The jury evaluating the proposals is comprised of: Stanley Saitowitz, a South African architect and an architecture professor from University of California, Berkeley; James Moore, PhD, a Tampa-based urban designer and former architecture and design professor at USF; Susan Fainstein, PhD, a Harvard University urban design professor; City Council Member Leslie Curran and Pinellas County Commissioner Ken Welch.
The new Pier is not an icon unto itself. It is instead a lens that frames the City’s relationship to the water, changing how St. Petersburg views its present and its future. While the Pier will remain an important attraction for visitors, we believe that the Pier must be first for the people of St. Petersburg, an active, vital part of the City’s life and culture. Operating on multiple scales of renewal—individual, urban, economic, ecological—this new Pier serve as a new kind of fountain of youth for St. Petersburg and its citizens, a symbol of the renewed vitality of the City, a platform for continued growth, and a destination within the City, the region, and our nation. - Michael Maltzan Architecture (Competition Entry Design Statement)
Recently the entry by GROSS.MAX with Sutherland Hussey was announced as the winner of the Parklandschaft Tempelhof design competition beating a shortlist of 6 finalists including Rehwaldt Architekten Landschaft, Topotek1 and others.
GROSS.MAX were kind enough to compose an extensive description of the design concept.
John Ruskin, the illustrious art critic of the British romantic period of the 19th century wrote of modern landscape art; “If a general and characteristic name were needed for modern landscape art, none better could be invented than ‘the service of clouds’.’” It is precisely the vast openness which makes Tempelhof unique; a 360 degree diorama of sky; the ‘Himmel über Berlin’! The park will become a contemporary prairie for the urban cowboy. Continue reading GROSS.MAX with Sutherland Hussey win Parklandschaft Tempelhof
“Among a pool of proposals worthy of America’s fourth coast, TLS/KVA’s RIVERFIRST stood out as particularly well suited to the Upper Riverfront in Minneapolis. The team grounded their proposal in proactive outreach to the community, demonstrated extensive research, and posited several multi-layered solutions unique to these 11 miles of riverfront and the habitat, communities, businesses, infrastructure, and culture intrinsic to our region,” says David Fisher, Superintendent Emeritus of the Minneapolis Park and Recreation Board and an MR|DC jury member. Fisher noted that the jury valued the participation of the other three finalists and the talent and effort represented in the proposals they submitted.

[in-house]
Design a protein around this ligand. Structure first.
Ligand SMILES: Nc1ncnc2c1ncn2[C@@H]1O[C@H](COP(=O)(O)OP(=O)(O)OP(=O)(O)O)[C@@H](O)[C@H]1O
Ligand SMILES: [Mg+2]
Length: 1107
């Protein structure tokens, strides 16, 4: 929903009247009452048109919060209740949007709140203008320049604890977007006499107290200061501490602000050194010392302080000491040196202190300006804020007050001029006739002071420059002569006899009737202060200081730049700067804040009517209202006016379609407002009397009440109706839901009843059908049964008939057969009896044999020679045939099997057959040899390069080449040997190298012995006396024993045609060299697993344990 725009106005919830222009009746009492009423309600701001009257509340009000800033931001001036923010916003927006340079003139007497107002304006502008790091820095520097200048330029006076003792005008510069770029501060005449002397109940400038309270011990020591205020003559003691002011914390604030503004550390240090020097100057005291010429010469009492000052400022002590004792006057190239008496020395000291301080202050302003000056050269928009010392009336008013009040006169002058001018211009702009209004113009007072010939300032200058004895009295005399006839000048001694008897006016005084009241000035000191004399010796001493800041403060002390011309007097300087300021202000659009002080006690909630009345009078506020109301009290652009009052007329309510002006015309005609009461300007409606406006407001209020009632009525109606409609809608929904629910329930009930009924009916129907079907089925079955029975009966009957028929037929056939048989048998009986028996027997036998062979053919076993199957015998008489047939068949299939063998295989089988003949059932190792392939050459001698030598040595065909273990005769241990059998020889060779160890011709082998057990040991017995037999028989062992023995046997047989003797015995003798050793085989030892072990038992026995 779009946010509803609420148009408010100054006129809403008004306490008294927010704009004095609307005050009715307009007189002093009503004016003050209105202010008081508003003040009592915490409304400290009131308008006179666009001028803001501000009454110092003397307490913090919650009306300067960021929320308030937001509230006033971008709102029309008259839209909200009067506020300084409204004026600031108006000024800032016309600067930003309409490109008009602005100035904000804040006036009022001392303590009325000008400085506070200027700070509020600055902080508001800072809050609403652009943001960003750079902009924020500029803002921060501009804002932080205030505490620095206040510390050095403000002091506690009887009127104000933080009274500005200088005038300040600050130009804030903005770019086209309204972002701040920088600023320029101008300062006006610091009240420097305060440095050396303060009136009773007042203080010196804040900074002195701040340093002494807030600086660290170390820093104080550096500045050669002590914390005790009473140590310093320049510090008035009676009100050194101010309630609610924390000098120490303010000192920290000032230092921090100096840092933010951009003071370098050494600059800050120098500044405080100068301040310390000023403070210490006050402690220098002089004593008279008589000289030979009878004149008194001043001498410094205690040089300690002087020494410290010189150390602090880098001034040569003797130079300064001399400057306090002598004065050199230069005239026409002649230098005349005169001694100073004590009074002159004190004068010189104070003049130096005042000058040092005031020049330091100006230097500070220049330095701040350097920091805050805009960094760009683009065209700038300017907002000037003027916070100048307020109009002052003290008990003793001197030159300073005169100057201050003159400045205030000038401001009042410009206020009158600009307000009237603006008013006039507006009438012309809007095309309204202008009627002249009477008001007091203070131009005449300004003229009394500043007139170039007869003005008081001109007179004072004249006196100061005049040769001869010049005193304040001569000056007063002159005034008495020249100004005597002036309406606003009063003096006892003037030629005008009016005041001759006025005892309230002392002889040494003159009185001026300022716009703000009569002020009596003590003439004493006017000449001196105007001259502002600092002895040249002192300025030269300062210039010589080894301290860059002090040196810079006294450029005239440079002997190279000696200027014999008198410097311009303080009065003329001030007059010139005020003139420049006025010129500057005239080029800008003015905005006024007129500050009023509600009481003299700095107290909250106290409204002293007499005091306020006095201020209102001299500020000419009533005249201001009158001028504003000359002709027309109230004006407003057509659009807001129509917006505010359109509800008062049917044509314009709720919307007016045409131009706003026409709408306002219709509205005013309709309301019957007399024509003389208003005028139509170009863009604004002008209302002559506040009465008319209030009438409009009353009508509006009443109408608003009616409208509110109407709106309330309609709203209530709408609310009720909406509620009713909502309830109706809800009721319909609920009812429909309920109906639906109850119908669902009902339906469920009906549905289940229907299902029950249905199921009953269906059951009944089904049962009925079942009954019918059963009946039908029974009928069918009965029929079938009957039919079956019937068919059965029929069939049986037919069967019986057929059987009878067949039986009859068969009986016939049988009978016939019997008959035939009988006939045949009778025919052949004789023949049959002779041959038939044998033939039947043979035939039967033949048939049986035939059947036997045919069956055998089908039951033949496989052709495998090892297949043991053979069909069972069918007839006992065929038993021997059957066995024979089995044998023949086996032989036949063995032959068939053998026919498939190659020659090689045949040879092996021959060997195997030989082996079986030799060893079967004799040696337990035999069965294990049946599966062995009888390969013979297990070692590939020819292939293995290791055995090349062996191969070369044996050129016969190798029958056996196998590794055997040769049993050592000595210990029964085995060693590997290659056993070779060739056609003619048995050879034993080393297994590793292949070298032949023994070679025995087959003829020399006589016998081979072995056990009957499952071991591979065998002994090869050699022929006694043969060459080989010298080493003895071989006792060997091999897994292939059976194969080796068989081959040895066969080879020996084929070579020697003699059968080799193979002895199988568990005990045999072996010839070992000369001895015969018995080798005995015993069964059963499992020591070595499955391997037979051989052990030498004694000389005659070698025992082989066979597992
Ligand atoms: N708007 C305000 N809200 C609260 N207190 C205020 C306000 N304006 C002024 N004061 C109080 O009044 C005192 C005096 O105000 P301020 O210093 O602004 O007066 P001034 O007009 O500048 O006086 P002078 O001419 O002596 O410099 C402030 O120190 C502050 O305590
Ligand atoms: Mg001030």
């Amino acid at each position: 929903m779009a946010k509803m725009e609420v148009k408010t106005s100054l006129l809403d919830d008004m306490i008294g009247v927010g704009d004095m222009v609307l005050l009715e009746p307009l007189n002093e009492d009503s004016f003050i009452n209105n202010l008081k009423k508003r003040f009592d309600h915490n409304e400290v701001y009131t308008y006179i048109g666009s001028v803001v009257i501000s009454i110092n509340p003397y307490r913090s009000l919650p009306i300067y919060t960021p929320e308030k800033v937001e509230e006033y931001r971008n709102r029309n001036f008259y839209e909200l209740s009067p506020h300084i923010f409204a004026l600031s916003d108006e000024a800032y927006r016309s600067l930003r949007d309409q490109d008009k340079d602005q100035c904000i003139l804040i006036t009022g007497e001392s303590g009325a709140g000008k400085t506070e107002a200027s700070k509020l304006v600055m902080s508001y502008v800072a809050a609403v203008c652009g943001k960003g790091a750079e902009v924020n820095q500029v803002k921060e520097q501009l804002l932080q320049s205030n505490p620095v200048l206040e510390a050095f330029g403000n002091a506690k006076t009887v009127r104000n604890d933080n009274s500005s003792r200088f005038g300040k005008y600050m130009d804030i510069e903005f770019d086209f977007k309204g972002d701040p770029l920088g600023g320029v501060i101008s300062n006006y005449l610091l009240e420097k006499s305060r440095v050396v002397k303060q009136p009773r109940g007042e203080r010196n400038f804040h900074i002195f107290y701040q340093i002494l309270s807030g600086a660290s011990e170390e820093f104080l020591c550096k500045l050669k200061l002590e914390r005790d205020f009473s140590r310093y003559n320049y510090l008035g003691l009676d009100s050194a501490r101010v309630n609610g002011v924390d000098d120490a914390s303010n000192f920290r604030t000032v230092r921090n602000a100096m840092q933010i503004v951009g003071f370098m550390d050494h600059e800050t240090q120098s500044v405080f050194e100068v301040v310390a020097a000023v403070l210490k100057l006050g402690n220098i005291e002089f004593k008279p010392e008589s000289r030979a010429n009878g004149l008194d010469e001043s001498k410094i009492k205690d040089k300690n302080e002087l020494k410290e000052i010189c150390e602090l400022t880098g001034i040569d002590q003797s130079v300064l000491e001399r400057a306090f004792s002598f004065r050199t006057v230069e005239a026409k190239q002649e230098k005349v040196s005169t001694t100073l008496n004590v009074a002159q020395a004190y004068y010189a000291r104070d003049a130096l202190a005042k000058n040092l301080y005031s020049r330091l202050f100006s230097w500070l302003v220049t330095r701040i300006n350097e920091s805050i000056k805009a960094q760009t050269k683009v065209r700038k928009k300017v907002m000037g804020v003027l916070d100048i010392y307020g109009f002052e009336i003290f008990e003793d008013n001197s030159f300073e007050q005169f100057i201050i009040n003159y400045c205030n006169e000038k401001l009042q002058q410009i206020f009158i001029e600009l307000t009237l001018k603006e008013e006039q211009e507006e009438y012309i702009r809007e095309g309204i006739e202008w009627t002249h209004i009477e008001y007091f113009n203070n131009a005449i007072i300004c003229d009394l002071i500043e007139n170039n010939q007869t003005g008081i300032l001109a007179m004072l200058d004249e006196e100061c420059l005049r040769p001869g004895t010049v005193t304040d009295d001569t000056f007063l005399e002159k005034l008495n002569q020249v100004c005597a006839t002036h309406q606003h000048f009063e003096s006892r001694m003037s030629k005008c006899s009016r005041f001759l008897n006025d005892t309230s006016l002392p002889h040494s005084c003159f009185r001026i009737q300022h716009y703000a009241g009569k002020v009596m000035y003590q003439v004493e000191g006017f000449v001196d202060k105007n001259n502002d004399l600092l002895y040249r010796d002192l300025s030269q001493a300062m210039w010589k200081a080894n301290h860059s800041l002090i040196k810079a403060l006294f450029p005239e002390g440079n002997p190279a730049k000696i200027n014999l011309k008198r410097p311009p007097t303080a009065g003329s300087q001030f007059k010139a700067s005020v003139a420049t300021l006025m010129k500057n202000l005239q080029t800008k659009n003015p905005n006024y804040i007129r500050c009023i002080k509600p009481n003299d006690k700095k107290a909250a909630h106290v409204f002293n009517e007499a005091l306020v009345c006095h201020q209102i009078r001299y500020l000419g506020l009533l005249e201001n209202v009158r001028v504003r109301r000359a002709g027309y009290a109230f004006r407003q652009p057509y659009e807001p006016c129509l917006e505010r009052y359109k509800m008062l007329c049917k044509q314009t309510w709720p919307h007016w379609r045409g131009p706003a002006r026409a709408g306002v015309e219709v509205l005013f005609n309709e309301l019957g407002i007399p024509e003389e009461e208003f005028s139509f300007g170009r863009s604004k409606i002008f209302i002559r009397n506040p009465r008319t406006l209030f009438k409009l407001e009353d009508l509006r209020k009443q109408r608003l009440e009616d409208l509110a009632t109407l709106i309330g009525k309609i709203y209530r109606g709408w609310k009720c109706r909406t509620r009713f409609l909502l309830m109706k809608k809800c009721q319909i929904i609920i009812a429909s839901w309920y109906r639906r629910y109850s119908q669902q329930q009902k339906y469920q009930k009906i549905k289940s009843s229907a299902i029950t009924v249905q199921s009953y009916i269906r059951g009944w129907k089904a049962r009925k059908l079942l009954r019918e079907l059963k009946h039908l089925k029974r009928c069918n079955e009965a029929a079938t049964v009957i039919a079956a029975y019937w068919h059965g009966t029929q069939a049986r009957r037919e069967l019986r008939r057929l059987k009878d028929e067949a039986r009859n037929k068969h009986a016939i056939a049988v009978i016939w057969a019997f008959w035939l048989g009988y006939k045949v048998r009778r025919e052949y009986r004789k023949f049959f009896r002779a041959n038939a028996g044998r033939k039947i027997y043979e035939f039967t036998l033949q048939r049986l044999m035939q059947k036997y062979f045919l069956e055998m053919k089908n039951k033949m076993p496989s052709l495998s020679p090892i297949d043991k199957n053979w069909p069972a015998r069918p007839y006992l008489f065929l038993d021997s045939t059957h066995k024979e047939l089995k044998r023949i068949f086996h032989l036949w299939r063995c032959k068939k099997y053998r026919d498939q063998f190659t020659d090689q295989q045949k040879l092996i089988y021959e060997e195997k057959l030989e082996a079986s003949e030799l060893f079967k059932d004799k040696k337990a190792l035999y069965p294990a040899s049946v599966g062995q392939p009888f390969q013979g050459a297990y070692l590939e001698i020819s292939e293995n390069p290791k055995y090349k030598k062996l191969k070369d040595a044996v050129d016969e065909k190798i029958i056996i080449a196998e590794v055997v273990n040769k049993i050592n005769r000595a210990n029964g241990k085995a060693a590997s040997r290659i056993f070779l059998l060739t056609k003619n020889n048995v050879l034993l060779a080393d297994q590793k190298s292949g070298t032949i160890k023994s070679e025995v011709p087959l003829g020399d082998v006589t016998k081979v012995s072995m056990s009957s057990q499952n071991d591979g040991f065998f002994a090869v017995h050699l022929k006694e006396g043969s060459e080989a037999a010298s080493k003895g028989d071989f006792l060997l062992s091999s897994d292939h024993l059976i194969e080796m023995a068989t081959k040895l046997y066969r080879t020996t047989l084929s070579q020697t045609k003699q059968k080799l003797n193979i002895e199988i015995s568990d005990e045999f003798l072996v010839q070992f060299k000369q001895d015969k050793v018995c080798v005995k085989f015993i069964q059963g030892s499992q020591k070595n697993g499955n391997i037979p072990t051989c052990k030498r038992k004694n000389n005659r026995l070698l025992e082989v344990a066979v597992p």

The TLS/KVA RIVERFIRST proposal offers a comprehensive remediation of the city’s storm water management system and its conceptual transformation into a system of ‘tributaries’ that are naturally cleaned with planted bio-filtration landscapes and returned to the river. The topography of the RIVERFIRST design is guided by the dynamics of the river. Where water scours and erodes, carving design principles are used to create water remediation ravines and terrace overlooks on the North East Bluffs. Where the river deposits new material, accretive principles of design are used to mold and shape land berms for the new Park.
The Chicago and China offices of Skidmore, Owings and Merrill (SOM) were named the winner of an international design competition to expand the Beijing Central Business District (CBD). The competition was sponsored by the Chaoyang District Government and the Beijing CBD Administration Committee. Seven teams of the world’s leading urban planners, urban designers and architects were invited to participate. Philip Enquist, FAIA, Partner-in-Charge of Urban Design and Planning for SOM, led this effort.
The SOM plan calls for the establishment of three new districts anchored by signature parks and green boulevards. New modes of public transportation are proposed, including express commuter rail service between the Beijing Capital International Airport, the CBD, and high speed rail service at Beijing South Station. A new streetcar system is proposed to conveniently link all areas of the CBD. A network of small, walkable blocks is proposed to establish a pedestrian-friendly scale for development and every street would be bicycle friendly.
The SOM plan defines new strategies for building municipal infrastructure and high performance buildings. Implementation of the plan could reduce energy consumption within the district by 50%, reduce water consumption by 48%, reduce landfill waste by 80%, and result in a 50% reduction in carbon emissions. Reduction in emissions from office buildings alone would equate to a reduction of 215,000 tons of CO2 per year, which is the equivalent of planting 14 million adult trees.
SOM’s vision for the Beijing CBD provides the framework that will enable China’s capital city to grow as a global center for commerce, yet be a green and ecological setting for healthy life.